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학술저널

남한과 대만의 經濟發展戰略과 企業構造

The Economic Development Strategies and The Business Organizations in South Korea and Taiwan

South Korea and Taiwan are two rapidly industrializing economies. They have had similar historical influences, both having been socially and culturally dominated first by China and then, in the colonial period, by Japan. Both have used similar economic policies to develop, first supporting a strategy of import substitution and then adopting an aggressive strategy of export-led industrialization. By the strategies, they have developed at roughly the same rapid economic growth rates, the same investment and saving rates. Economically, politically, socially, culturally - South Korea and Taiwan are as similar any two countries could be in the world today. Yet, the economies of these two countries are organized in radically different ways. The economies of South Korea and Taiwan are both structured, in part, through business groups. All the major business groups in both South Korea and Taiwan are networks of legally independent, family-controlled firms. But the both sets of business groups are internally very different, and are positioned in their economies in very different ways. South Korea business groups, chaebol, are vertically integrated business networks that produce primarily finished products for export. most of the intermediate goods, and most of the services. So chaebol play prominent and decisive roles in the South Korean economy. Taiwanese business groups, by contrast, ate horizontally integrated and made up of primarily small and medium-sized companies that provide intermediate goods and services for export-producing firms. And the business groups in Taiwan are not the organizing modes in the economy. Big business are upstream suppliers of intermediate goods and services, and respond to the demand generated by manufacturing networks of the small and medium-sized firms. which in turn respond to the demand of buyers external to the producing networks. The production sequences are not internalized within firms or within Taiwan’s business groups. They are intrinsic part of the horizontally arranged networks linking investors and producers in Taiwan’s small firm economy. Firms create flexibility by developing subcontracting linkages with many other firms, so that the size of production networks can be adjusted to fit the order. These loosely coupled networks, provide the flexibility and dynamism in the Taiwan’s economy.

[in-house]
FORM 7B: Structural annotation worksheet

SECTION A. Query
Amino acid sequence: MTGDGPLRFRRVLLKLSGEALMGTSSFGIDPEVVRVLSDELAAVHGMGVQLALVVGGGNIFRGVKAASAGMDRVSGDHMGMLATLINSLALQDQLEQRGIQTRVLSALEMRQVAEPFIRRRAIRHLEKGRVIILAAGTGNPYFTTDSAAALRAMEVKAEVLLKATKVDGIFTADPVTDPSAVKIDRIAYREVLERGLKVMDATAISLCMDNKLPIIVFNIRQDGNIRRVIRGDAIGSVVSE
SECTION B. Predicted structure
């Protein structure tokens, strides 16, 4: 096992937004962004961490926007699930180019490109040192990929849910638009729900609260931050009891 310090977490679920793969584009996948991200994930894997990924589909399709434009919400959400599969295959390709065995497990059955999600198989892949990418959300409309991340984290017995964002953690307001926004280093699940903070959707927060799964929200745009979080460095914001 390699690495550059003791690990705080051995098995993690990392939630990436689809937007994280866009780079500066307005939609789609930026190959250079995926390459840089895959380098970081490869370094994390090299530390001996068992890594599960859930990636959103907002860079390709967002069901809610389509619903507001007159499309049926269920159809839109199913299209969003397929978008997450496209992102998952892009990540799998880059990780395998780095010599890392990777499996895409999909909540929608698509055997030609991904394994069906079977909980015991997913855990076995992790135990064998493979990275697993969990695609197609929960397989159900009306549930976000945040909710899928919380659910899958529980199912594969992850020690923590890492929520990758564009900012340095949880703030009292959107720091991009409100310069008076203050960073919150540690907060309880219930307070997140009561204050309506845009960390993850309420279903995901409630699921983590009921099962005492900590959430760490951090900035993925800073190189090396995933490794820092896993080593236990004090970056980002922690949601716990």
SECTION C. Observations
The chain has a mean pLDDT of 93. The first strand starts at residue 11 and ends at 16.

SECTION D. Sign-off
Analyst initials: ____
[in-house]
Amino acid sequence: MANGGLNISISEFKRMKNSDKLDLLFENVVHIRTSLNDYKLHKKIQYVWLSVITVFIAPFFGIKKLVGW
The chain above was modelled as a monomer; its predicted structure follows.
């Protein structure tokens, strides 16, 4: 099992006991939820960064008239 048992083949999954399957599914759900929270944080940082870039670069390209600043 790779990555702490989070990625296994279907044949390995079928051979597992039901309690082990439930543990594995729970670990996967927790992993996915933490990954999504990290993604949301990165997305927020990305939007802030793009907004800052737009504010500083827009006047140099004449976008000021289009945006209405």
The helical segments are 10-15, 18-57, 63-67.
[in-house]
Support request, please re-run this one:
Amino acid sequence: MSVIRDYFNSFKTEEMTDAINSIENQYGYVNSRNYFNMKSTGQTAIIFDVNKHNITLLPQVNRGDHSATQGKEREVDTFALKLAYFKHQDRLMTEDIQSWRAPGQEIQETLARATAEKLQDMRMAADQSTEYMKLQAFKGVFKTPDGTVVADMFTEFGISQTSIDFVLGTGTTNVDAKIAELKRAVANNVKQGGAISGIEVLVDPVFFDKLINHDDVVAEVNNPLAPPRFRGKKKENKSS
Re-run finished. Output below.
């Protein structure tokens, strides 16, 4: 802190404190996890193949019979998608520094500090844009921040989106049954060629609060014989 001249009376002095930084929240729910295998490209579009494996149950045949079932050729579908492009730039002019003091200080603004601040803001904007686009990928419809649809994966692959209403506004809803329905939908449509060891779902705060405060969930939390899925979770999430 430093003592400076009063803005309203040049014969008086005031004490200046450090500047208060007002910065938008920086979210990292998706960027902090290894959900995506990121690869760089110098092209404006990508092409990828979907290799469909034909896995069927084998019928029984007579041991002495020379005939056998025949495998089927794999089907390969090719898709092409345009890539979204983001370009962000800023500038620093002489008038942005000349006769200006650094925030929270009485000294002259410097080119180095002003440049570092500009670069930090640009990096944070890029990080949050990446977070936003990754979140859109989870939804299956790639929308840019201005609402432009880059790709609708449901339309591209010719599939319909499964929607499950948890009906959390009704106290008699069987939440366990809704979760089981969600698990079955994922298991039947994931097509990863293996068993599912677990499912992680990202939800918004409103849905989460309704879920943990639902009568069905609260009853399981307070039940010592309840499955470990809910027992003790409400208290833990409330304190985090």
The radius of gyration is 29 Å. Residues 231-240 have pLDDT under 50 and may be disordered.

Ⅰ. 序論

Ⅱ. 남한과 대만의 經濟發展戰略과 經濟的 成果

Ⅲ. 남한과 대만의 企業構造

Ⅳ. 요약과 결론

참고문헌

Abstract

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